Jon Gray Settling Into Routine That Could Make Him An Ace

Many front-line starters require two or more seasons to find their footing in the big leagues, which could be the path that Rockies righthander Jon Gray is taking. (Matthew Stockman/Getty Images)

Rockies righthander Jon Gray is driven to be great. He talks about becoming for the Rockies what Clayton Kershaw is for the Dodgers—a No. 1 starter who takes the mound and allows his teammates to take a deep breath.

The 25-year-old Gray has the ability to be just that. But it takes time.

Instant success that is sustained over a lengthy career is rare for starting pitchers. And in his third big league season, Gray gets it. There are frustrations, but they are merely detours that he and others have navigated.

Or as Rockies manager Bud Black, a former big league pitcher, puts it: “Patience has to take place. It’s about understanding your stuff and making adjustments.”

After going 10-3, 1.64 as an Oklahoma junior in 2013, Gray was drafted third overall by the Rockies, immediately after the Cubs selected Kris Bryant.

Twenty-six months later, Gray was in the big leagues.

Though he went just 13-13, 4.95 through his first 46 big league starts, both Gray and the Rockies are confident he can succeed at Coors Field, where he had recorded a 4.90 ERA, compared with 4.99 on the road.

“He is still settling into a comfortable routine,” Black said. “The big thing is the confidence boost as he moves forward.”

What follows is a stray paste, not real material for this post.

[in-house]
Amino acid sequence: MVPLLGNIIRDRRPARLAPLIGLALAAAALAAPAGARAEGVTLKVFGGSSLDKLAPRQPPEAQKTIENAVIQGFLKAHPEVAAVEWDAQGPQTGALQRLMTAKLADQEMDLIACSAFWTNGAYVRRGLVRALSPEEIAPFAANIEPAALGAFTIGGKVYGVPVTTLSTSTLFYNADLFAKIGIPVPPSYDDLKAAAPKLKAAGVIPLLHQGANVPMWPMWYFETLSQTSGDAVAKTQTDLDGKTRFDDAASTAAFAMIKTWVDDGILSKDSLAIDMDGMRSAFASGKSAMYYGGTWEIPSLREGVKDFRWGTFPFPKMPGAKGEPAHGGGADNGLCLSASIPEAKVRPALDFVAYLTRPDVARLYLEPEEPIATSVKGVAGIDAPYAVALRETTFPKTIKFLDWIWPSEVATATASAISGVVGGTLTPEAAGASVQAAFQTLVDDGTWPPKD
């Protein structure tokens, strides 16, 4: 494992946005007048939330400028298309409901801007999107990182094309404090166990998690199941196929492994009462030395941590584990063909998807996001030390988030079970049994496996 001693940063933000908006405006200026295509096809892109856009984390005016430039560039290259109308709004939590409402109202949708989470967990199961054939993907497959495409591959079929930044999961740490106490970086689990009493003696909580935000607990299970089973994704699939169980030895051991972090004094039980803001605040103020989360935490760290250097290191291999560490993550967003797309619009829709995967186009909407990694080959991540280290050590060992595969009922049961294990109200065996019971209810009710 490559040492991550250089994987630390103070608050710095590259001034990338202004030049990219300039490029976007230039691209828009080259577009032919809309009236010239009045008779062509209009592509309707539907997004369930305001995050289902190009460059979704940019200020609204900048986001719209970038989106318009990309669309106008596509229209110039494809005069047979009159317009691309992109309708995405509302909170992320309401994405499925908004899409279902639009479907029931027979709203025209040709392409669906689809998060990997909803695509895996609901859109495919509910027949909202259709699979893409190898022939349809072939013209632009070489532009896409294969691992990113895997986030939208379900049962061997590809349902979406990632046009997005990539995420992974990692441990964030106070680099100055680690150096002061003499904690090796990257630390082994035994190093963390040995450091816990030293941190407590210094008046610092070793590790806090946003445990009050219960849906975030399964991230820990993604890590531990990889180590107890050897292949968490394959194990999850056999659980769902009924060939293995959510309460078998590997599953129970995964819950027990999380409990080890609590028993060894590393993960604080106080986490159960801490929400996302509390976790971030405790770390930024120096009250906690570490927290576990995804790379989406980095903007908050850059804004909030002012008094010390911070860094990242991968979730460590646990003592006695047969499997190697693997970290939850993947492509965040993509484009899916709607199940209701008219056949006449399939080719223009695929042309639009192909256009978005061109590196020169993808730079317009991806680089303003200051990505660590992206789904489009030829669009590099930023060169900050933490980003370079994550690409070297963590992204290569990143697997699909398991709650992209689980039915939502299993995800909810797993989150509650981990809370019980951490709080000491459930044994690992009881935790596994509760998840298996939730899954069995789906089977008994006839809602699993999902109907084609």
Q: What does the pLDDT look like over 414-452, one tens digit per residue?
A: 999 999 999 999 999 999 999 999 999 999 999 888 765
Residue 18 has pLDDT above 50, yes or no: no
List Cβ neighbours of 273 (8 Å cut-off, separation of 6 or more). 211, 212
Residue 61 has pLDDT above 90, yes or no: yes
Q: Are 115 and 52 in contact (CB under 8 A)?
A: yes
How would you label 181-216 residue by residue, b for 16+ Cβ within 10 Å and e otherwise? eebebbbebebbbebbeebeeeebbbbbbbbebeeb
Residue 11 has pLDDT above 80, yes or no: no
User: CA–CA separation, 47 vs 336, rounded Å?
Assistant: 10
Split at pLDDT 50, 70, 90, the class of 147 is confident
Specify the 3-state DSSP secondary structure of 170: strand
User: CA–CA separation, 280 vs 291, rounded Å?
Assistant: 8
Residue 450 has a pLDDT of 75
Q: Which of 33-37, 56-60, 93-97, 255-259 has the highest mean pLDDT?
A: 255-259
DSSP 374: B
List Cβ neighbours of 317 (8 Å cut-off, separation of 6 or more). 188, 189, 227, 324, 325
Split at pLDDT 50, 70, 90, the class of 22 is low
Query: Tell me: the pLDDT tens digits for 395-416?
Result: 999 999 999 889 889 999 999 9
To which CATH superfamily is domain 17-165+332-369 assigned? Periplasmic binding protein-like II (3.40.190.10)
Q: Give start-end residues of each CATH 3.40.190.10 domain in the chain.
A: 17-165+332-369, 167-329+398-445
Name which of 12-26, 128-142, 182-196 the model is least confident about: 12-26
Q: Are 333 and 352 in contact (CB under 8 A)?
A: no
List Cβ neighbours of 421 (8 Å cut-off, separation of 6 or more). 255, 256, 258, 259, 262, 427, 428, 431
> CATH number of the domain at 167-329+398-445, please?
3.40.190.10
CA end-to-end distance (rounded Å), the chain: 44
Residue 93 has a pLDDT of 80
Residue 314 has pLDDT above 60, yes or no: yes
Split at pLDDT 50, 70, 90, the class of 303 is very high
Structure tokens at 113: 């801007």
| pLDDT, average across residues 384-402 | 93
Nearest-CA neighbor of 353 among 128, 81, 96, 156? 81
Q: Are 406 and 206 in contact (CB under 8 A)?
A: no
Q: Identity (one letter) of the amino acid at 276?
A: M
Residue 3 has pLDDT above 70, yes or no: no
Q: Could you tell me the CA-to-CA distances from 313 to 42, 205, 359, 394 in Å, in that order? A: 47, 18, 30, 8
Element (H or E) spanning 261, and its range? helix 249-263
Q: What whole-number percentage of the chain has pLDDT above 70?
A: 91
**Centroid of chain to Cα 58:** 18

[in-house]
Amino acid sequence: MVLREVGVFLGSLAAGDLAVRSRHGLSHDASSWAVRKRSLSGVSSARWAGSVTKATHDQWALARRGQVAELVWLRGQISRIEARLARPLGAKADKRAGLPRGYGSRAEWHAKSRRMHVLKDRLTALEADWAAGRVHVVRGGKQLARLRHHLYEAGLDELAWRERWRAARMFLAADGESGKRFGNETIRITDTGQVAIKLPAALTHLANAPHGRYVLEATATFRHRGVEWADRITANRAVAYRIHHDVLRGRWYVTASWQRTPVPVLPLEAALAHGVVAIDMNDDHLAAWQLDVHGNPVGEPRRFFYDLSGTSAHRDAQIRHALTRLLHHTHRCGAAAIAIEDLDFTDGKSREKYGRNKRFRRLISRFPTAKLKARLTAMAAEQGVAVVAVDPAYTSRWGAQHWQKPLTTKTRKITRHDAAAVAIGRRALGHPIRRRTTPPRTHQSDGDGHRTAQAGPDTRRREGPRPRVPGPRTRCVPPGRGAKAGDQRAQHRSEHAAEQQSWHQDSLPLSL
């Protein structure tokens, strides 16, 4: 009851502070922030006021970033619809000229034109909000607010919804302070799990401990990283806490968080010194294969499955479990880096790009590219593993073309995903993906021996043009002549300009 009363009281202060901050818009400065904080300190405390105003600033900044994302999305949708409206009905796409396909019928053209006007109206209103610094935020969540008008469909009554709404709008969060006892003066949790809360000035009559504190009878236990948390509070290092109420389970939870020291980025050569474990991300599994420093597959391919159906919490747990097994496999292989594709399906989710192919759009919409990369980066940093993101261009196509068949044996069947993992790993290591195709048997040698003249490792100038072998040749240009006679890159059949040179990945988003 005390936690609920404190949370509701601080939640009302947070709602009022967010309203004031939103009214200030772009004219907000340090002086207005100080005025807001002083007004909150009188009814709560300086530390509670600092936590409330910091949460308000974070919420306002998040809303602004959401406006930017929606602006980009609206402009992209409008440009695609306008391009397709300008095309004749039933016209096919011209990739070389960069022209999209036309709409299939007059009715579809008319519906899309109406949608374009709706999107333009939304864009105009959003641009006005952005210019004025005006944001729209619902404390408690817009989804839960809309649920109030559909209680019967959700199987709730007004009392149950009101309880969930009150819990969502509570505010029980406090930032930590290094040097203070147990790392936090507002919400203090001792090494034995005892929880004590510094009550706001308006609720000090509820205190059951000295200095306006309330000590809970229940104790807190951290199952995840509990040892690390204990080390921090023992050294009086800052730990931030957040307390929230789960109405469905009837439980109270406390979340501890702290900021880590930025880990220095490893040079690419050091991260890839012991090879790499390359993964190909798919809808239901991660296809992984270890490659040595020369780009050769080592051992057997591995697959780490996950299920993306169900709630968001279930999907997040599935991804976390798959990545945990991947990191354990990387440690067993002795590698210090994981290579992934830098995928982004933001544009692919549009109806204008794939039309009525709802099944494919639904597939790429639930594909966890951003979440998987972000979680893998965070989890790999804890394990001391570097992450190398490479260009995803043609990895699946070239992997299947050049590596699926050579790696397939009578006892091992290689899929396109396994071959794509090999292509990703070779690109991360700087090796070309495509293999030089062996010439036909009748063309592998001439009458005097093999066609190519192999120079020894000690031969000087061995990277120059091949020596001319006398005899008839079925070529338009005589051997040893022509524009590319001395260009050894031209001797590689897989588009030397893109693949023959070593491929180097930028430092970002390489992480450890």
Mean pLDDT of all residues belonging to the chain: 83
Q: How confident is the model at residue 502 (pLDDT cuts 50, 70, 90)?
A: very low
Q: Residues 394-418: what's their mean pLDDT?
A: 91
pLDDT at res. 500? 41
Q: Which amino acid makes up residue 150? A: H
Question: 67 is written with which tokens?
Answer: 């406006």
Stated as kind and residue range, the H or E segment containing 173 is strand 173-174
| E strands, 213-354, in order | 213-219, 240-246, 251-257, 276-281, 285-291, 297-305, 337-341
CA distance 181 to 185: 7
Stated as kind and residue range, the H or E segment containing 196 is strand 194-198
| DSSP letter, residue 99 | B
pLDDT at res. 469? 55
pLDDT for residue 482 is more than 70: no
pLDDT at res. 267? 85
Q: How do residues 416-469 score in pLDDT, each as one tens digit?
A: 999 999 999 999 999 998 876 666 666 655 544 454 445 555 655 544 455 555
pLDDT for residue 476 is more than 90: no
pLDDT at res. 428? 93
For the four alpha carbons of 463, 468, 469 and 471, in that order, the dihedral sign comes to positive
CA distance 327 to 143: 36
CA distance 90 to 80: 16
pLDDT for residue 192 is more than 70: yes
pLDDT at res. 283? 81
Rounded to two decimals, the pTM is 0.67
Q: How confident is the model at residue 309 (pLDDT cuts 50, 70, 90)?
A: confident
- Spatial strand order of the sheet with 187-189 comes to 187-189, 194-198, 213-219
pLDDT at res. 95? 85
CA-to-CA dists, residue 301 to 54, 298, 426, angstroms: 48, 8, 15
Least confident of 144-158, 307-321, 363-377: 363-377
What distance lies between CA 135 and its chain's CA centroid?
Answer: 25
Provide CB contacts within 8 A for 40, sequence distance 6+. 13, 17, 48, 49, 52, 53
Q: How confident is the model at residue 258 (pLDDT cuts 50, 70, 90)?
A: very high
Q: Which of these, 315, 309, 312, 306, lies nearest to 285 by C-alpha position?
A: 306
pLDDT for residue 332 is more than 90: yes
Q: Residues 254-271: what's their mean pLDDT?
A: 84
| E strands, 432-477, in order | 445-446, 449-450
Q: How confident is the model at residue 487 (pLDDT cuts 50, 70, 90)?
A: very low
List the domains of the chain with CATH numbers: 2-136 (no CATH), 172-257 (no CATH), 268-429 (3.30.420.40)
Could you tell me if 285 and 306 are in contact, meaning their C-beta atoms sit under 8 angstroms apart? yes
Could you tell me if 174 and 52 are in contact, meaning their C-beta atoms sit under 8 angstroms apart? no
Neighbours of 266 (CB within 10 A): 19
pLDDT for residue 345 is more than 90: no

Developing into a front-line starter takes time. Notably, Adam Wainwright (63 relief appearances), Zack Greinke (41), Roy Halladay (25) and Max Scherzer (nine) all spent time in the bullpen before breaking through as ace starters. Two-time Cy Young Award winner Halladay floundered so badly—running up a 10.64 ERA in 2000—that he was demoted all the way to high Class A to remake his delivery and gain confidence.

The Rockies’ Opening Day starter this year, Gray lasted three starts before going on the disabled list with a stress fracture in his left foot that he suffered in spring training.

Gray arrived in pro ball with a lights-out slider and a dominating fastball. As he worked his way to the big leagues, the realization set in that it takes more than two pitches to be an elite pitcher. Gray has added a curveball and changeup, both of which have been impressive, but both of which need to become more a part of his routine.

“This isn’t something new,” Black said. “Look at (Greg) Maddux, (John) Smoltz and (Tom) Glavine. There are bumps in the road along the way.”

Pitchers who are mentally tough can weather the storm of early frustration. The best pitchers see adversity as a challenge and embrace the chance to get better.

Even Hall of Fame-caliber pitchers have their struggles early. Consider the five starting pitchers inducted into Cooperstown in the past decade:

Randy Johnson went 49-48, 3.95 his first five seasons and 818 innings.

Pedro Martinez worked as a reliever his first two years with the Dodgers. Manager Tommy Lasorda was convinced he was too frail to be a durable starter.

Smoltz ran up a 5.48 ERA as a rookie in 1988.

Glavine went 9-21, 4.76 his first two seasons with the Braves, then won a Cy Young Award in his fifth year.

Maddux went 8-18, 5.59 his first two years with the Cubs.

“There is a learning curve,” Black said.

Gray was showing signs of being a quick learner.

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